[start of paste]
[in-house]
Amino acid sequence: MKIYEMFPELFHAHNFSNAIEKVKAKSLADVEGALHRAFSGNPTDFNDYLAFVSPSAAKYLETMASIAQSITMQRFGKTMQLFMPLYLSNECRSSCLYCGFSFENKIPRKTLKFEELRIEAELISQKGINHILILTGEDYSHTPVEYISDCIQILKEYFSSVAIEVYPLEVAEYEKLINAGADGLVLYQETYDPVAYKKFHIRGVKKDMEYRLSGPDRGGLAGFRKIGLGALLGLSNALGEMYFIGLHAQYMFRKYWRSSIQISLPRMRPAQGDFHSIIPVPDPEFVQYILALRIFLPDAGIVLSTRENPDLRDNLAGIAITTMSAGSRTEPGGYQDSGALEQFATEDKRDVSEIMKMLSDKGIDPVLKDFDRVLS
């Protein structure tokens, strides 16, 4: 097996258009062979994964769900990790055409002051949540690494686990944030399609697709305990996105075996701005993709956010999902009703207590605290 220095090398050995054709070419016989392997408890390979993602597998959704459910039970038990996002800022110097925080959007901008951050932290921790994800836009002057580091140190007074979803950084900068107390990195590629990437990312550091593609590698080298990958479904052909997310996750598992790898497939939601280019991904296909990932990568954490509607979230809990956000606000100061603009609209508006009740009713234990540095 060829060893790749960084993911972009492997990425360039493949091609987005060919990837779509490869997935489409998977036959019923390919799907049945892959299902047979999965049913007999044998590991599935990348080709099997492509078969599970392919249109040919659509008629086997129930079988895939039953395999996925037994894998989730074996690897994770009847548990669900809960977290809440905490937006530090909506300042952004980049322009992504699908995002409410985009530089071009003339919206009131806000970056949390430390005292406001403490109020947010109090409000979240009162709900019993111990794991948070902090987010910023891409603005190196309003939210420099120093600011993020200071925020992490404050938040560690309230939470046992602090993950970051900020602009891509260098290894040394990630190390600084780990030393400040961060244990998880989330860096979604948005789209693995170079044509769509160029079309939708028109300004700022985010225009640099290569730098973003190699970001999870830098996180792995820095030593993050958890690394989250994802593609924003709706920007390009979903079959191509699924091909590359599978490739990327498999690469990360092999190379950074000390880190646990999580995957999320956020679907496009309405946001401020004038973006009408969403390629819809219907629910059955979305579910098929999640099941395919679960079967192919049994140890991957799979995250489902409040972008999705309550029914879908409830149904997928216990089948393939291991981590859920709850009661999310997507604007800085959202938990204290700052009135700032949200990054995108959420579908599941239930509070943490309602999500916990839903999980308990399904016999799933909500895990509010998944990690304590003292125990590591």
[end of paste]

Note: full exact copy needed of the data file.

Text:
[in-house]
Amino acid sequence: MKIYEMFPELFHAHNFSNAIEKVKAKSLADVEGALHRAFSGNPTDFNDYLAFVSPSAAKYLETMASIAQSITMQRFGKTMQLFMPLYLSNECRSSCLYCGFSFENKIPRKTLKFEELRIEAELISQKGINHILILTGEDYSHTPVEYISDCIQILKEYFSSVAIEVYPLEVAEYEKLINAGADGLVLYQETYDPVAYKKFHIRGVKKDMEYRLSGPDRGGLAGFRKIGLGALLGLSNALGEMYFIGLHAQYMFRKYWRSSIQISLPRMRPAQGDFHSIIPVPDPEFVQYILALRIFLPDAGIVLSTRENPDLRDNLAGIAITTMSAGSRTEPGGYQDSGALEQFATEDKRDVSEIMKMLSDKGIDPVLKDFDRVLS
């Protein structure tokens, strides 16, 4: 097996258009062979994964769900990790055409002051949540690494686990944030399609697709305990996105075996701005993709956010999902009703207590605290 220095090398050995054709070419016989392997408890390979993602597998959704459910039970038990996002800022110097925080959007901008951050932290921790994800836009002057580091140190007074979803950084900068107390990195590629990437990312550091593609590698080298990958479904052909997310996750598992790898497939939601280019991904296909990932990568954490509607979230809990956000606000100061603009609209508006009740009713234990540095 060829060893790749960084993911972009492997990425360039493949091609987005060919990837779509490869997935489409998977036959019923390919799907049945892959299902047979999965049913007999044998590991599935990348080709099997492509078969599970392919249109040919659509008629086997129930079988895939039953395999996925037994894998989730074996690897994770009847548990669900809960977290809440905490937006530090909506300042952004980049322009992504699908995002409410985009530089071009003339919206009131806000970056949390430390005292406001403490109020947010109090409000979240009162709900019993111990794991948070902090987010910023891409603005190196309003939210420099120093600011993020200071925020992490404050938040560690309230939470046992602090993950970051900020602009891509260098290894040394990630190390600084780990030393400040961060244990998880989330860096979604948005789209693995170079044509769509160029079309939708028109300004700022985010225009640099290569730098973003190699970001999870830098996180792995820095030593993050958890690394989250994802593609924003709706920007390009979903079959191509699924091909590359599978490739990327498999690469990360092999190379950074000390880190646990999580995957999320956020679907496009309405946001401020004038973006009408969403390629819809219907629910059955979305579910098929999640099941395919679960079967192919049994140890991957799979995250489902409040972008999705309550029914879908409830149904997928216990089948393939291991981590859920709850009661999310997507604007800085959202938990204290700052009135700032949200990054995108959420579908599941239930509070943490309602999500916990839903999980308990399904016999799933909500895990509010998944990690304590003292125990590591």